This post does a good job of explaining what I see:
...there is no such thing as degrees of possession. Either one does, both do, or neither does. And as far as any person can tell, "both do" is the only conclusion you can come to with any degree of certainty.
Whether Jennings had more possession in the air or not is irrelevant. There is no such thing as possession in the air. Possession inherently implies two feet, a butt, a shoulder, and elbow, a knee, a hip, some body part touching the ground. At the point when it most mattered, when both players hit the ground, both players had an all but equal claim to the ball. Any rolling or twisting or manhandling afterwards is pointless. Once both players hit the ground in a state of dual possession, the play is dead and it's a touchdown.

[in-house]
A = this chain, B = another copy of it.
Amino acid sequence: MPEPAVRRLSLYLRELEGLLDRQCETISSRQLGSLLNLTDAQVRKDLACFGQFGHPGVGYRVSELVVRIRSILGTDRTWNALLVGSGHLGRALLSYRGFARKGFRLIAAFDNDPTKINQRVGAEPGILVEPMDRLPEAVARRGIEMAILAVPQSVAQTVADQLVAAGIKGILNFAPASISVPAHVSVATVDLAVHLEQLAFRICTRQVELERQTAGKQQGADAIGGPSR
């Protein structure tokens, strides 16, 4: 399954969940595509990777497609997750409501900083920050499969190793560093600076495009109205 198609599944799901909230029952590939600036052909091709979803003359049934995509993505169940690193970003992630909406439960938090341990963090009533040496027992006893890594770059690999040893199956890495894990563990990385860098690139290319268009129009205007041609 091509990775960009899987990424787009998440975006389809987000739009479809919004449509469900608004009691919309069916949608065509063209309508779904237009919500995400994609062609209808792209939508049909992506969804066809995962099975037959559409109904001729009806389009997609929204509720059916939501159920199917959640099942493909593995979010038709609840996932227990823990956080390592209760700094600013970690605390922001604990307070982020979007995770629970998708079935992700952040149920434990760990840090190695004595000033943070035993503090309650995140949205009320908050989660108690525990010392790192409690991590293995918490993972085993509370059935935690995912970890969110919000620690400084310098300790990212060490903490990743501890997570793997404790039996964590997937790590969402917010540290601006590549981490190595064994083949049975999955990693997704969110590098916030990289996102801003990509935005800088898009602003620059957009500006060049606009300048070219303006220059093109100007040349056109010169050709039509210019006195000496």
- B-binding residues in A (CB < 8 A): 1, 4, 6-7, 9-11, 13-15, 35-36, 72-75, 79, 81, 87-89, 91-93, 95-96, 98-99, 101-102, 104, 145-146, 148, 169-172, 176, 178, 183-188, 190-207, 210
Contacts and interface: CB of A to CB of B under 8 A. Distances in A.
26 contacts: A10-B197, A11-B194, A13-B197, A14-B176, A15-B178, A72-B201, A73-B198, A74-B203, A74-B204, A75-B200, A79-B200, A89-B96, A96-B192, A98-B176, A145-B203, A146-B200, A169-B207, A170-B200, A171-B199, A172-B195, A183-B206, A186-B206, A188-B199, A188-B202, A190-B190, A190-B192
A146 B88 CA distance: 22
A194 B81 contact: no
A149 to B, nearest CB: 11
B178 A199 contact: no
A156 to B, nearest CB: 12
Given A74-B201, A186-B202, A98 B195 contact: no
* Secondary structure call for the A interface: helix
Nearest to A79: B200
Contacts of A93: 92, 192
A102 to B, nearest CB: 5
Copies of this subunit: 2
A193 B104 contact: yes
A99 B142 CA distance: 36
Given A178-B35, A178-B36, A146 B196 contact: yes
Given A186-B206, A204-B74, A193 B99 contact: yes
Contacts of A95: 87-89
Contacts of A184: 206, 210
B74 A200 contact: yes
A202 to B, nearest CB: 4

There are very reasonable arguments to be made that it was an interception. When you break it down and go frame by frame, it looks like Jennings probably has more of a claim to it on the ground. Unfortunately, the official whose call it was to make didn't have the luxury of breaking it down frame by frame. He had to make the bang-bang call as he was watching six players go up and come down, all clawing at the ball. It looked to him like it was dual possession as they came down...
I can see how people can call that an interception, but I cannot see how you can make the claim that Tate had absolutely no possession of the ball at that point.
By the reasoning in the post above and by yours, all a receiver need do is have his two hands touching a football which is in "possession" of a player who has intercepted the pass and has both feet on the ground -- by "possession", I mean two hands on the ball and the ball pinned to the body -- in order to claim a "simultaneous catch" and retain possession of the ball.
If I were a receiver coach, I would tell all my guys, "look if you see the defender has intercepted the ball, just go touch the football with both hands if you can and you should get the benefit of the doubt".
The play last night sets a real dangerous precedent.